Missouri Chamber announces public safety as a 2023 legislative priority


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(The Center Square) – Missouri’s crime rate is affecting the state’s economic competitiveness and public safety must be a legislative priority, according to the Missouri Chamber of Commerce and Industry.

A poll conducted by the Chamber found 60% of businesses identified public safety and crime as a growing concern and 24% stated it was their top concern.

“To see public safety as a top 10 concern of our business community is alarming,” Daniel Mehan, president and chief executive officer of the Missouri Chamber, said in a statement announcing the research last week. “The time for action is now.”

The survey found business leaders overwhelmingly favor increasing funding for law enforcement staffing (94%) and funding hot-spot policing in high-crime areas (92%). They also strongly support increasing job training for those in prison (91%) and increasing funding for mental health and substance abuse (90%). Increasing prosecutorial consistency and transparency was favored by 87% of respondents.

The Chamber announced it would advocate for seven recommendations to be implemented through various bills:

  • deploy evidence-based and hot-spot approaches to crime reduction;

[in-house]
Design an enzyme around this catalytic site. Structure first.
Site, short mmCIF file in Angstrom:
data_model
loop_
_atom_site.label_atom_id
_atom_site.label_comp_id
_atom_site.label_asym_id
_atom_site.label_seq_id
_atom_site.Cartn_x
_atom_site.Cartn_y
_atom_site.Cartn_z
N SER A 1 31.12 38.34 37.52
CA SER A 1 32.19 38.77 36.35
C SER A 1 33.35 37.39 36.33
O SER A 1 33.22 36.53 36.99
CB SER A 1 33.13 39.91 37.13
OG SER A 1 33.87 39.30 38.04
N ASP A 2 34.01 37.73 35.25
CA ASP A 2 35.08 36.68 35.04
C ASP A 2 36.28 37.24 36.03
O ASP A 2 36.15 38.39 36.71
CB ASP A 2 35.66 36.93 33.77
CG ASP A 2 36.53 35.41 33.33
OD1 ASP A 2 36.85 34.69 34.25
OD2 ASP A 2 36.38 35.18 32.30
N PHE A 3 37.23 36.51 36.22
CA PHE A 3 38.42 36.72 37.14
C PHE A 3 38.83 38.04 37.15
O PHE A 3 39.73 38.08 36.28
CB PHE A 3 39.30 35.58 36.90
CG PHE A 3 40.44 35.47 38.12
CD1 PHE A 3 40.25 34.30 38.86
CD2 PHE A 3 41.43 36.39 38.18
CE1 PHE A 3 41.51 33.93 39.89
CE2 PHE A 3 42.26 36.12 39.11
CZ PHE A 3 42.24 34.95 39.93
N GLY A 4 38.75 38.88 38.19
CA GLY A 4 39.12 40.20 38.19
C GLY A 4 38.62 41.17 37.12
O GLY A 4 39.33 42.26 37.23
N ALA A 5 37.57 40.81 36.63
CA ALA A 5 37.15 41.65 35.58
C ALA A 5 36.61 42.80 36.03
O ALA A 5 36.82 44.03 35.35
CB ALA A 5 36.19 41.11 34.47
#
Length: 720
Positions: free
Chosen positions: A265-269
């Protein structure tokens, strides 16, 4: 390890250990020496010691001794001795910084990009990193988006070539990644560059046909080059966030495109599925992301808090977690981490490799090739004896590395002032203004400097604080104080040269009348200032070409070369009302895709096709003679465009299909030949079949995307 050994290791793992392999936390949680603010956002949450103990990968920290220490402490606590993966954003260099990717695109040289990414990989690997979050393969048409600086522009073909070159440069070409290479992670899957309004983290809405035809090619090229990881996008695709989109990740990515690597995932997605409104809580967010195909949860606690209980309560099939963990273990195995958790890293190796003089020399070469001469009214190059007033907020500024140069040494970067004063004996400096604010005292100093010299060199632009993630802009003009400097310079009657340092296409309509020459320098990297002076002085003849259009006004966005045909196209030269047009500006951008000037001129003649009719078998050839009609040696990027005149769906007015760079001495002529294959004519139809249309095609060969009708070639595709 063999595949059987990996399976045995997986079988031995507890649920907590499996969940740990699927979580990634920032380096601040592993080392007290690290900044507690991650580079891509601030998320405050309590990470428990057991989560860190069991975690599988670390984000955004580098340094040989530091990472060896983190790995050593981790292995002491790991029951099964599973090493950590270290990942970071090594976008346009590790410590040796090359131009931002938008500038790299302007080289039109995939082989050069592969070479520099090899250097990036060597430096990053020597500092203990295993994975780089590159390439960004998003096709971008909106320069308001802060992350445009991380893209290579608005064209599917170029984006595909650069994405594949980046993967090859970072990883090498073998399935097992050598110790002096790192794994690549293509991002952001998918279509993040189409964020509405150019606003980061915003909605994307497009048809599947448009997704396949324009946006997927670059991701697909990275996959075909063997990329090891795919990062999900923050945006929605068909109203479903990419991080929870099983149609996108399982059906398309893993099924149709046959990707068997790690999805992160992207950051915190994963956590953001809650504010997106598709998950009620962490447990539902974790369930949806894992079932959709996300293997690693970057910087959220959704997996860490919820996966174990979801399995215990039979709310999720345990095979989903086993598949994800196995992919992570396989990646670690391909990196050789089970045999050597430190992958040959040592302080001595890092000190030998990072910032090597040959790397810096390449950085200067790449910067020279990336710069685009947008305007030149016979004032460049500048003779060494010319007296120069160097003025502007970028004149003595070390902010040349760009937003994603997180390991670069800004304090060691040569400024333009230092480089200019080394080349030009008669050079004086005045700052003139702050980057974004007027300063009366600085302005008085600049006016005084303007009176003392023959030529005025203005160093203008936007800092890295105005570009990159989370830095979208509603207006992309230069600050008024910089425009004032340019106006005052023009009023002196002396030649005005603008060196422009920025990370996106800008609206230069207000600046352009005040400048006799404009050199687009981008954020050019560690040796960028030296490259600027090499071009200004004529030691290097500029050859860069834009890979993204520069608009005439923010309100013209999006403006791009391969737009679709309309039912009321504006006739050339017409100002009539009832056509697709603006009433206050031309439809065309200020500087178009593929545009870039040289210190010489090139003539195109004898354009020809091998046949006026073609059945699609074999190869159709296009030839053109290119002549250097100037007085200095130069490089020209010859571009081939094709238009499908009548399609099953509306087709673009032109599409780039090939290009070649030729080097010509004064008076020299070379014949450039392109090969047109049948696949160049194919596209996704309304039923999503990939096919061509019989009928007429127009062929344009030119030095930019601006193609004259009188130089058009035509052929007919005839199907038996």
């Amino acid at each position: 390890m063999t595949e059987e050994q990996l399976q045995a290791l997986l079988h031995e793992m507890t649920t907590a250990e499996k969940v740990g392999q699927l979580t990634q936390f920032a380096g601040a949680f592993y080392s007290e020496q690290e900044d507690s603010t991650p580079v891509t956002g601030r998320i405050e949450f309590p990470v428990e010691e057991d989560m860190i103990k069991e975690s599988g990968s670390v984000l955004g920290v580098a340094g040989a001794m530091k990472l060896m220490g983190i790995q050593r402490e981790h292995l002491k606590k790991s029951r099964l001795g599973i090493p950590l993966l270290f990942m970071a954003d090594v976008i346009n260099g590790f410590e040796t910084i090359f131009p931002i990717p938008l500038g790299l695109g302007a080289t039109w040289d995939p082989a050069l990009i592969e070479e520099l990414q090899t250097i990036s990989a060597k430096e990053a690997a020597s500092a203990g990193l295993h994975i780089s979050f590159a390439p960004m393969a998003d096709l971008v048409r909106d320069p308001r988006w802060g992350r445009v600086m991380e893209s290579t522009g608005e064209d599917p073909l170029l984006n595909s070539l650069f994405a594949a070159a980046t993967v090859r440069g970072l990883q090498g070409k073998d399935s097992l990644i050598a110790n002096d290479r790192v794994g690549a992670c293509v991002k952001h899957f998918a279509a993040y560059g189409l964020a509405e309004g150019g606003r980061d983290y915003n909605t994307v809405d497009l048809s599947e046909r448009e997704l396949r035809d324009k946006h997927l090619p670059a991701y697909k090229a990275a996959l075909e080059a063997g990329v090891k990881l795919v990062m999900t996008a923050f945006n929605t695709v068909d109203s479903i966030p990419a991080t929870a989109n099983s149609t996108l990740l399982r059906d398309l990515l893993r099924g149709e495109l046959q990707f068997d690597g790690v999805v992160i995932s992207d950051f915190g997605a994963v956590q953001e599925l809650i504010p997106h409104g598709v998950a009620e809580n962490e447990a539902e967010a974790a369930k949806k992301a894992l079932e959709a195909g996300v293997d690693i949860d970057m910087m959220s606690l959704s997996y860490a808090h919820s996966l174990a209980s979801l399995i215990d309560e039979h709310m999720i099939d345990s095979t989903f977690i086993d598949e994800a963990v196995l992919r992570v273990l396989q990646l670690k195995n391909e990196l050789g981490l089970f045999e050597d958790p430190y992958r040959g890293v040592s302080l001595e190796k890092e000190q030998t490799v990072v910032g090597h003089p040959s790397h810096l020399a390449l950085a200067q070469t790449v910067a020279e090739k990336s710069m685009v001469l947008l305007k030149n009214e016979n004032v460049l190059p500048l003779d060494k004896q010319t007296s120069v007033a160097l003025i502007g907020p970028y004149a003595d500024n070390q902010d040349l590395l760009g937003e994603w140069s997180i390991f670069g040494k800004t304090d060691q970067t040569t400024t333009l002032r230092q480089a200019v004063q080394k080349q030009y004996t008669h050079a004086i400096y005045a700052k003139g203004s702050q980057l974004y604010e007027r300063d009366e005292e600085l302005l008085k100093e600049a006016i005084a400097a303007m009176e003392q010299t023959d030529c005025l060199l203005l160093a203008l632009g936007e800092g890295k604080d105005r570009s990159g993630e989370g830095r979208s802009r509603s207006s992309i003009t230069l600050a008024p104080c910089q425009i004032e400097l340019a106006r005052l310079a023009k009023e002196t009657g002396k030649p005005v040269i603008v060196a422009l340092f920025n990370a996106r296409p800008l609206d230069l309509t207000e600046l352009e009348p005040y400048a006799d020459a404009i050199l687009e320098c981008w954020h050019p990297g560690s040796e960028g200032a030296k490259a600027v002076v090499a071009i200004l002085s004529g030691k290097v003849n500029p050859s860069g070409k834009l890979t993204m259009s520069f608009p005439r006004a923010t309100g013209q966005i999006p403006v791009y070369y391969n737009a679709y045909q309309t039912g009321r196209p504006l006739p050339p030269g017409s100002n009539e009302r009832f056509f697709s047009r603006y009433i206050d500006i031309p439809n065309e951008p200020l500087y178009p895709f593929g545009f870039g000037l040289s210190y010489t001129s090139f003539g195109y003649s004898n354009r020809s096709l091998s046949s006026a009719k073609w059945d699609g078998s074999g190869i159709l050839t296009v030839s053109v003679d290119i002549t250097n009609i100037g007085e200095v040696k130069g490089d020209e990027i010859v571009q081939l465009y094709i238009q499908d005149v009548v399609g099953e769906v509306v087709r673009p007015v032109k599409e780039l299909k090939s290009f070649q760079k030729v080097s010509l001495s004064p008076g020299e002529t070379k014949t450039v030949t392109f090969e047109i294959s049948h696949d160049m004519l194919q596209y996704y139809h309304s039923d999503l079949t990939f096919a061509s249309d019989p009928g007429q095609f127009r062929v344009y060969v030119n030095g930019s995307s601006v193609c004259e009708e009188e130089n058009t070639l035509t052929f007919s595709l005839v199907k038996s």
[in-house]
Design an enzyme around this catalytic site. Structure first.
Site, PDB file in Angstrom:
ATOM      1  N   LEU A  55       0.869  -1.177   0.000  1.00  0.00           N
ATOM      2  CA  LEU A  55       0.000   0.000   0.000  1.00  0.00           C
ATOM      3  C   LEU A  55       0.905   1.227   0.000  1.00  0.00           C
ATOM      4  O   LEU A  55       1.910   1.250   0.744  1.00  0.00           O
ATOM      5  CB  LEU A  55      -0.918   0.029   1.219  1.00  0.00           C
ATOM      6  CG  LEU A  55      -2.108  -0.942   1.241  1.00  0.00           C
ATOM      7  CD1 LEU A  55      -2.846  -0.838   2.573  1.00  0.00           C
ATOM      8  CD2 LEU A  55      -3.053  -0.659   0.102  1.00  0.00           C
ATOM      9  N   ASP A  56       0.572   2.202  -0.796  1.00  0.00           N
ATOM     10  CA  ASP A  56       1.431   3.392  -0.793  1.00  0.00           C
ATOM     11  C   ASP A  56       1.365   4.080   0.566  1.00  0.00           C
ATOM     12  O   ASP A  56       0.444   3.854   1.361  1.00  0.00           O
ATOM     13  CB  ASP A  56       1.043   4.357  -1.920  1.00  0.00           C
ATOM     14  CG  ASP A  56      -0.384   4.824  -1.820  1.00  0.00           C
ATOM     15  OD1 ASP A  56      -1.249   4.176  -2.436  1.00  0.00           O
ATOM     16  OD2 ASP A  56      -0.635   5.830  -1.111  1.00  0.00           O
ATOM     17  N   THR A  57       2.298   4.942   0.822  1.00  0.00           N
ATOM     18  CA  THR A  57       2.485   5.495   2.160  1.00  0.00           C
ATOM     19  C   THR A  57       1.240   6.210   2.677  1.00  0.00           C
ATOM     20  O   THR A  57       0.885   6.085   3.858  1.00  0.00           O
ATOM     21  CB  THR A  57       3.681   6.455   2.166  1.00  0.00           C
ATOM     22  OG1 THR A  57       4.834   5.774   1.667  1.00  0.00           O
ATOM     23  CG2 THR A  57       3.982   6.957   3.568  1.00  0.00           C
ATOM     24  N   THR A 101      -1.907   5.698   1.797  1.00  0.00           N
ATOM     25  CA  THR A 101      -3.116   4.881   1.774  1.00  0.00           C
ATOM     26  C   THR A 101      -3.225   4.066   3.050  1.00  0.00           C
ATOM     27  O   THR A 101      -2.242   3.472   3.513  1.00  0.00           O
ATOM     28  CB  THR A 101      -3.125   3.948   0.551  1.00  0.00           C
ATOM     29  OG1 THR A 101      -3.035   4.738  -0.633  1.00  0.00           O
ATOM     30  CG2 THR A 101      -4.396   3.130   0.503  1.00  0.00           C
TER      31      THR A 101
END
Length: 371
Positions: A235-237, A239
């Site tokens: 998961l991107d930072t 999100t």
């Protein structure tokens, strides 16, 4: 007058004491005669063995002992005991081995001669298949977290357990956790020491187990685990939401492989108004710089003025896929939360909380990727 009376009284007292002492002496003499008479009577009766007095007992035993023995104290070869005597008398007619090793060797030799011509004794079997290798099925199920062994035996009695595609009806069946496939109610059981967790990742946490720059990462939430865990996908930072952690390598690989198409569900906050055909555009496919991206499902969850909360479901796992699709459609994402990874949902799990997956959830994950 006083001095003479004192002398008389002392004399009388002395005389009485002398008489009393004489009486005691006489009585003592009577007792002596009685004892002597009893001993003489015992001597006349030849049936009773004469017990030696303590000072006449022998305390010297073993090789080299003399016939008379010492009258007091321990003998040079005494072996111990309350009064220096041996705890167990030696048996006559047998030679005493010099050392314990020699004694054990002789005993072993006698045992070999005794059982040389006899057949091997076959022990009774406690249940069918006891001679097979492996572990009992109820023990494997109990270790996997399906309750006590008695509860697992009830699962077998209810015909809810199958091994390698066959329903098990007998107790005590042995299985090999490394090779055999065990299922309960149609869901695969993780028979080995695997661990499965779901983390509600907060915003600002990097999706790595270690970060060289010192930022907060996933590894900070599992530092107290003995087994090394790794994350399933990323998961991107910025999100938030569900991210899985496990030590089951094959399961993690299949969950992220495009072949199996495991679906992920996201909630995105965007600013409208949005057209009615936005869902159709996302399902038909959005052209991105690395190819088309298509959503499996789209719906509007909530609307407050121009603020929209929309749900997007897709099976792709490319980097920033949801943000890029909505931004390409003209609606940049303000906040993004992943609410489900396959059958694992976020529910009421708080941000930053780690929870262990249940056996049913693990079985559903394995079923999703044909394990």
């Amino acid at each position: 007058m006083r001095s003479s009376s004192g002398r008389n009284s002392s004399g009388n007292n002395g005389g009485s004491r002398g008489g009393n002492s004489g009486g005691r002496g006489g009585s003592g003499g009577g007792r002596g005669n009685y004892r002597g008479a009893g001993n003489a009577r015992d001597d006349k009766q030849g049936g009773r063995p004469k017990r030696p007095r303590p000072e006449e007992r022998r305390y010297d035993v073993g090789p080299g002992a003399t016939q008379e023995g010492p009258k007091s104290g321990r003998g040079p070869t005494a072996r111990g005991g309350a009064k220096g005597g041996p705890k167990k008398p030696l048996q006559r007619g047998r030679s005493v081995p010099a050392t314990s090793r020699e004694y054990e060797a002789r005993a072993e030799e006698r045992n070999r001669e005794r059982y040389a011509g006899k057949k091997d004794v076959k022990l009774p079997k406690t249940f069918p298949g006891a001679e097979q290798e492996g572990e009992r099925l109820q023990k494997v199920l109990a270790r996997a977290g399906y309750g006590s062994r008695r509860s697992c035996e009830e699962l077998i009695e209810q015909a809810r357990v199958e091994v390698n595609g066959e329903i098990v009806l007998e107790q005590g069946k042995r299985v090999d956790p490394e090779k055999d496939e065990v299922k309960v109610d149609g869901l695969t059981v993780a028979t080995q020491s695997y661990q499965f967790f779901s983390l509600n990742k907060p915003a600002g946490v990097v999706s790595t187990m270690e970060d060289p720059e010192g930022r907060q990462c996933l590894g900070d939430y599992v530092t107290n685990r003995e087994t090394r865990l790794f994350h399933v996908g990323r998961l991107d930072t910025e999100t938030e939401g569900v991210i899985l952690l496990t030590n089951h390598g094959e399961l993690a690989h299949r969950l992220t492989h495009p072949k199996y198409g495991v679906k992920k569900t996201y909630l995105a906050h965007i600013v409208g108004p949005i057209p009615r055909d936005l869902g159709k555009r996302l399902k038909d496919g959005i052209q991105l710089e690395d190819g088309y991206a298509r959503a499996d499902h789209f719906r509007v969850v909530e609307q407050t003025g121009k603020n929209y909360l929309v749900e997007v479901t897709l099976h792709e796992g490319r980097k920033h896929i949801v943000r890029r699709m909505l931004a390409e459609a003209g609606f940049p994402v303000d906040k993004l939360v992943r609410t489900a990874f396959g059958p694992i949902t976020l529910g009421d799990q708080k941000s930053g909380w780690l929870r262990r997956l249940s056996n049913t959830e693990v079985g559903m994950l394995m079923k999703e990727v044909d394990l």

• increase and protect tools to support policing;
  • address substance misuse and mental health;
  • reduce recidivism;
  • improve training and employment opportunities for incarcerated individuals;
  • increase public safety staffing;
  • increase prosecutorial consistency and transparency.

“While the response to crime has become highly political and divisive, we are focused on ideas that can be passed at a statewide level and with united support from both sides of the aisle,” Mehan said. “Public safety is a top priority for the Missouri Chamber because it impacts businesses everywhere, across nearly every Missouri community.”

Last June, Mehan and Missouri Republican Gov. Mike Parson visited St. Louis to announce the publication of a 32-page report, “Safer Missouri, Stronger Missouri.” The document stated Missouri’s violent crime rate increased 8.6% between 2019 and 2020, compared to the national increase of 4.6%. Missouri ranked sixth in violent crimes per capita, ninth in property crimes per person and fourth in gun deaths.

Missouri’s business leaders have a mixed outlook for 2023, according to Chamber research. The state’s workforce was rated as the top concern by 38% of respondents.

The Chamber said it would lobby for reimbursement programs allowing employers to help employees complete short-term credentialing and certifications. It also will advocate for more funding to address the lack of child care. The survey found 78% of business leaders believe the cost and availability of child care is keeping a significant number of Missourians out of the workforce.

“When meeting with businesses, I hear over and over, we have the jobs but we just can’t find the people to fill them,” Mehan said. “Ramping up programs that can quickly and efficiently train workers for high-demand fields is a must.”

The report stated 79% of businesses expect workforces to “stay about the same” or “increase moderately.” Leaders of 57% of businesses expect to make minor investments in their companies and 26% expect to make major investments.


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